11 Great Jobs for J-School Grads—Whether or Not You Want to Stay in Journalism
With a degree in journalism, you can pursue a noble profession that’s essential to a healthy democracy and gets a shout-out in the First Amendment to the U.S. Constitution. But beyond the necessity of a free press—it’s also a fascinating, rewarding career path known for its variety and fast pace.
As a journalist, you might cover the impact of rising waters on a coastal community, the Met Gala red carpet, or scientific discoveries on Mars. You could be documenting social movements, changes in the economy, crime, wars and regional conflicts, politicians and elections, pets, and anything in between. You may work for a media organization or as a freelancer, investigating and reporting on a broad range of subjects and sharing your stories in newspapers and magazines as well as on podcasts, television, streaming services, and social media. And there’s always something new—the news, obviously, along with storytelling formats, platforms, and more.
But your career options extend far beyond the fourth estate. Your journalism training provides a foundation of hard and soft skills that make you competitive in other jobs if the traditional route isn’t a good fit, you’re struggling to break into journalism—which, as vital as the press is to democracy and society, is increasingly common—or you’re exploring a career change.
A journalism degree sets you up for success with these top transferable skills:
Chief communications officer.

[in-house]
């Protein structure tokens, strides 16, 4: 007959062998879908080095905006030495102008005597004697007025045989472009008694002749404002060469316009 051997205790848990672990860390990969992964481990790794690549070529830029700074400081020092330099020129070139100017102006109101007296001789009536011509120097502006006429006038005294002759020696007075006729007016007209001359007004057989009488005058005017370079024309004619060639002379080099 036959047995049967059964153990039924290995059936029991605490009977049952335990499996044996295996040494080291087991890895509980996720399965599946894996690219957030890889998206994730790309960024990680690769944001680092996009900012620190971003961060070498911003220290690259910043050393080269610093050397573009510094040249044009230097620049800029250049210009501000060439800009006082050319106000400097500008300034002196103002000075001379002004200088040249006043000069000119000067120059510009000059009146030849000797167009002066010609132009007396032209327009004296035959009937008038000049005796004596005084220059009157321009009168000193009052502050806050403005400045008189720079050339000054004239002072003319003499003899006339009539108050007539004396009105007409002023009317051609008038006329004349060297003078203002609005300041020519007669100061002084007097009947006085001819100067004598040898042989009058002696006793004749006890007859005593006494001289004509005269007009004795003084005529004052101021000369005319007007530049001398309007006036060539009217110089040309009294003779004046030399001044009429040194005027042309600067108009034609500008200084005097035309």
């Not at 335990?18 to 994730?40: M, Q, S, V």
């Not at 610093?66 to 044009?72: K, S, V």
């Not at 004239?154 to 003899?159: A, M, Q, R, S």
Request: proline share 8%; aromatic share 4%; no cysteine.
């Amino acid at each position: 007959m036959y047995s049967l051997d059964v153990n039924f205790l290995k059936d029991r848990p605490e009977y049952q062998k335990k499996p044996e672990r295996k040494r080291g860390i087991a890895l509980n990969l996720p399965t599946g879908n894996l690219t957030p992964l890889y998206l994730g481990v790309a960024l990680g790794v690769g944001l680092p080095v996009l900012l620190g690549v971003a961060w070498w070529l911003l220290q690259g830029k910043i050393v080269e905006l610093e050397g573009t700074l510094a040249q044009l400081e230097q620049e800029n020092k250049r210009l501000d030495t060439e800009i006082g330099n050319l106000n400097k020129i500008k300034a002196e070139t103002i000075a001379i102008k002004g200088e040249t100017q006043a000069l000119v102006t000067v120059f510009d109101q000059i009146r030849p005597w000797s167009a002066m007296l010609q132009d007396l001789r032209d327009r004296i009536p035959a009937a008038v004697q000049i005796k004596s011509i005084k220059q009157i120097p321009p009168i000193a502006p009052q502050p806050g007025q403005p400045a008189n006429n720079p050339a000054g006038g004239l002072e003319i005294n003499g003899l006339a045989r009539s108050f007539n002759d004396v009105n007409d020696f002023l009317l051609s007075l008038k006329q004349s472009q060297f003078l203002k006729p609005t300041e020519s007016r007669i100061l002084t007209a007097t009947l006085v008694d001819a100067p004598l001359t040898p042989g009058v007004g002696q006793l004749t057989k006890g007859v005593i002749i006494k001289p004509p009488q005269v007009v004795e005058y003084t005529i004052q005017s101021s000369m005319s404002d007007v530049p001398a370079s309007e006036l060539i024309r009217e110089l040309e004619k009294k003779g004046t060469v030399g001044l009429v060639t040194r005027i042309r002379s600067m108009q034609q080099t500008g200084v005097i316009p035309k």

Public relations director.
These and other job titles held by graduates of the William Allen White School of Journalism and Mass Communications at the University of Kansas are posted outside career and outreach coordinator Steve Rottinghaus’ office. He says parents and students exploring journalism are always “blown away” by the list, which also includes positions in education, science, and other fields and industries. “They say, ‘I had no idea you could do that with a journalism degree.’”
Rottinghaus believes journalists’ ability to produce quality content on tight deadlines is one of their top transferable skills. “Journalists know how to get to the point right away.” But journalism students also gain a slew of other skills that can help them succeed in any job:
- Communication: Clear, accurate, and fast writing, communication, and storytelling are necessities in a newsroom—and other businesses trying to emulate the media. “Every organization, every industry is looking for their own storytelling team,” Rottinghaus says. “They basically want their own media group. They want that great writer, that great videographer. And if someone can do a bit of both—that’s a great hire.” But communication skills are also desirable in any role. Sales representatives need to clearly convey a product’s benefits, for instance, while project managers must clearly communicate goals, timelines, and changes.
- Interviewing: The ability to draw stories, information, and quotes from your sources and interview subjects is a fundamental skill for journalists. But the ability to ask insightful and clarifying questions will help you flourish in other professions and industries. Effective marketers know how to interview colleagues and customers for information and quotes they can use in press releases and advertisements. Sales reps who ask the right questions deepen their understanding of their products and the needs of their clients. And anyone could lean on these skills to understand a manager’s expectations or a colleague’s concerns about a cross-functional project.